CBRS Alliance marks progress on ESC networks for commercial readiness

coast
ESC networks are being deployed along the U.S. coasts to protect the government's use of 3.5 GHz spectrum. (Pixabay)

The CBRS Alliance marked further progress on the road to commercial readiness for the Citizens Broadband Radio Services (CBRS) band, noting the Federal Communication Commission (FCC) confirmed coverage plans by CommScope, Federated Wireless and Google for their respective Environmental Sensing Capability (ESC) networks.

In a public notice issued Monday, the FCC Wireless Telecommunications Bureau (WTB) and Office of Engineering and Technology (OET) announced the approval of the ESC deployment and coverage plans for CommScope, Federated and Google, saying the three companies are authorized to operate their ESC sensors in certain dynamic protection areas (DPAs).

The FCC said the final approval came after close consultation with the National Telecommunications and Information Association and the Department of Defense (DoD), whose participation has been crucial in bringing the unique spectrum sharing model to fruition in the 3.5 GHz band.

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“Today we are one step closer to fully realizing the massive potential of commercial OnGo deployments in the CBRS band,” said Alan Ewing, executive director of the CBRS Alliance, in a statement. “ESC coverage is a key component that will allow for high availability of CBRS spectrum along the country’s coastal regions, where more than 50% of U.S. residents live, while fully protecting important government operations. This process is built on unprecedented collaboration between the FCC, DoD, NTIA, WInnForum, and the more than 135 members of the CBRS Alliance.”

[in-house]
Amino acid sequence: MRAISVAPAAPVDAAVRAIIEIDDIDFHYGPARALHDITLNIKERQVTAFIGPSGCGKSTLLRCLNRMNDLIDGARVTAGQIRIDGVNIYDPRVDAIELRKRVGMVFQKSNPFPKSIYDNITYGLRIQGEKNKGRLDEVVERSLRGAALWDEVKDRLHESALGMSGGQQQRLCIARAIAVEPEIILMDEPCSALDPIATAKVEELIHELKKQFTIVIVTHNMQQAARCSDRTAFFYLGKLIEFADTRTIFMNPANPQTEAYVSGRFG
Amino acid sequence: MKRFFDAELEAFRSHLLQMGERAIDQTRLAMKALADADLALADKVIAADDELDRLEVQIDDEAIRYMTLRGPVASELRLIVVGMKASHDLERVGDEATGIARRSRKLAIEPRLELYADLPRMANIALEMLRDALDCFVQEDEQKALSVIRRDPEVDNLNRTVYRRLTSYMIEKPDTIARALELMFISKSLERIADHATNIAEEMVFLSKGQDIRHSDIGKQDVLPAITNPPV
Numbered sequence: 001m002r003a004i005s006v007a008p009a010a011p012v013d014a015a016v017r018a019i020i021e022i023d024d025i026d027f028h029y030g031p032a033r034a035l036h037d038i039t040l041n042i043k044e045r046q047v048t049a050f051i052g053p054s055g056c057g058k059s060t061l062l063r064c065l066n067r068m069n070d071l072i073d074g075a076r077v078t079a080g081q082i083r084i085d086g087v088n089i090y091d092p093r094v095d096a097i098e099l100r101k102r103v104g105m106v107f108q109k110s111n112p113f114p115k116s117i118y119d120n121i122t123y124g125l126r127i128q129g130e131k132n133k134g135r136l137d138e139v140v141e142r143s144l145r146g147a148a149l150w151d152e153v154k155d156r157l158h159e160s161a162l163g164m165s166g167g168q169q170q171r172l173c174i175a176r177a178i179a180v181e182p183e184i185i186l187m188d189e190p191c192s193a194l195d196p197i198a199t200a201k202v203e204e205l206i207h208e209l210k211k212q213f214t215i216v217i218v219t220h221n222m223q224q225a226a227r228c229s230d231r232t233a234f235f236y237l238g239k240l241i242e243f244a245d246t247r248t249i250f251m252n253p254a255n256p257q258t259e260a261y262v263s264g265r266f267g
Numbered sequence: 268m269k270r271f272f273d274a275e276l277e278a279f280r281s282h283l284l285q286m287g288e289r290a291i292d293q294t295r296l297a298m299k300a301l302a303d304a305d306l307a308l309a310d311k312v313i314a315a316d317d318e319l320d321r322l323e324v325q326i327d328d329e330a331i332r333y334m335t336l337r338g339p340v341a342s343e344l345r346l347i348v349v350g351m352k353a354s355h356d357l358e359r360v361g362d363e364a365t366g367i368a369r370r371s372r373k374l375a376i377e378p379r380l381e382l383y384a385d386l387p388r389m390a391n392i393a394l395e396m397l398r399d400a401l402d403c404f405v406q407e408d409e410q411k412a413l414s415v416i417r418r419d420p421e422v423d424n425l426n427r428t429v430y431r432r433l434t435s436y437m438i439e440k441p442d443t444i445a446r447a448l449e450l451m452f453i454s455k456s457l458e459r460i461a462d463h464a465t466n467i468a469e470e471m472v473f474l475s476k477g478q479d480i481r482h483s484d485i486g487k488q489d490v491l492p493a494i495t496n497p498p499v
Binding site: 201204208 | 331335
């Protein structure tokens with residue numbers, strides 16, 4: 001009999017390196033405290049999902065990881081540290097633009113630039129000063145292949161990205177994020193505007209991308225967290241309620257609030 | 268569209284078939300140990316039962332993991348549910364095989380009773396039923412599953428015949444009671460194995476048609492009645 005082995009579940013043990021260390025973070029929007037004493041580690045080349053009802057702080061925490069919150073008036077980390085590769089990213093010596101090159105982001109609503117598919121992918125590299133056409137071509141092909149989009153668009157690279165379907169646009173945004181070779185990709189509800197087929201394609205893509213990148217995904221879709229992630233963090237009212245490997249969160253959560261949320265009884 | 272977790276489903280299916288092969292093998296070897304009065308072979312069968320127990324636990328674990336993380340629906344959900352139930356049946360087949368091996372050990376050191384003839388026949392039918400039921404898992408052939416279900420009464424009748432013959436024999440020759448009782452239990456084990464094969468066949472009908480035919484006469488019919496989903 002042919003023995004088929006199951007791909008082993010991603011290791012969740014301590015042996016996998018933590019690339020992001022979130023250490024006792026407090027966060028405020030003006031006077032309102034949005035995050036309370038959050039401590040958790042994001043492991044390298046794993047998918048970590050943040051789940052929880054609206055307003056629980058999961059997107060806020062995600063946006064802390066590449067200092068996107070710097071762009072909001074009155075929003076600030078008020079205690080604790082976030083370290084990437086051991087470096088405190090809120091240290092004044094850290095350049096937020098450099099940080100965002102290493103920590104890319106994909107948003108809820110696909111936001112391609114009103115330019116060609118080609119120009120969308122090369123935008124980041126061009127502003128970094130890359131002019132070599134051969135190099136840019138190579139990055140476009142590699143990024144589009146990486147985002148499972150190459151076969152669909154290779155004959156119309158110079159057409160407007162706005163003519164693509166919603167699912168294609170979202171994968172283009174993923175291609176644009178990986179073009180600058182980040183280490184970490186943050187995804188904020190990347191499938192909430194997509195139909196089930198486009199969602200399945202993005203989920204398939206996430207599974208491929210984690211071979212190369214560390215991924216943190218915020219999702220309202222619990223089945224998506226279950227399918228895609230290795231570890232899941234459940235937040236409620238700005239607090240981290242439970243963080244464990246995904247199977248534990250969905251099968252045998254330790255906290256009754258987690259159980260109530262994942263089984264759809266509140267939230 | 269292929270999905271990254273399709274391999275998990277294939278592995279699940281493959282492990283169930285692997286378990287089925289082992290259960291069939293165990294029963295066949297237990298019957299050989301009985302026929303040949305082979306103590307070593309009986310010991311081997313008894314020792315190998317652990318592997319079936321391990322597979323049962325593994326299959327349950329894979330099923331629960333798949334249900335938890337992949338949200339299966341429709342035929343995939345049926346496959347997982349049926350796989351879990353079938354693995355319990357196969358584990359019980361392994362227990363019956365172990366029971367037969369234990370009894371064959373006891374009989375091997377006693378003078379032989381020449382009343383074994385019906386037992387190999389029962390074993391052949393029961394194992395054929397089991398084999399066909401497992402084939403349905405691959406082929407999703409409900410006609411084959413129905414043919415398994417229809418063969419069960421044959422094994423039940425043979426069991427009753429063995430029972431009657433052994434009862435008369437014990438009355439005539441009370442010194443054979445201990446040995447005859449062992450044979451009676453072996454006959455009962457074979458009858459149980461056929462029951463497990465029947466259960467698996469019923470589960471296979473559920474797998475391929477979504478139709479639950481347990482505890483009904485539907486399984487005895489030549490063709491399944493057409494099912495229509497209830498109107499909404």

RELATED: Google, CommScope get official OK for CBRS Environmental Sensing Capability system

As the alliance explained, the 3.5 GHz CBRS band is used by the DoD primarily for shipborne radar. To ensure that the DoD has continued access to the band, ESC networks are being deployed along the U.S. coasts, protecting the government’s use of the spectrum. When an ESC sensor detects a protected radar transmission, it informs a Spectrum Access System (SAS), which activates a protection zone and dynamically reassigns users in the area to other parts of the band as needed.

It’s been a long path to commercial service for these three entities. According to the alliance, full commercial CBRS service is now expected to begin in or before September.

RELATED: Federated Wireless completes ESC network for CBRS

“FCC final approval of our redundant ESC network today moves us one step closer to the start of nationwide commercial deployments,” Federated Wireless CEO Iyad Tarazi said in a statement. “Our customers and partners are looking forward to service initiation and to being able to clearly demonstrate the benefits of shared spectrum CBRS services in real-world deployments.”

 

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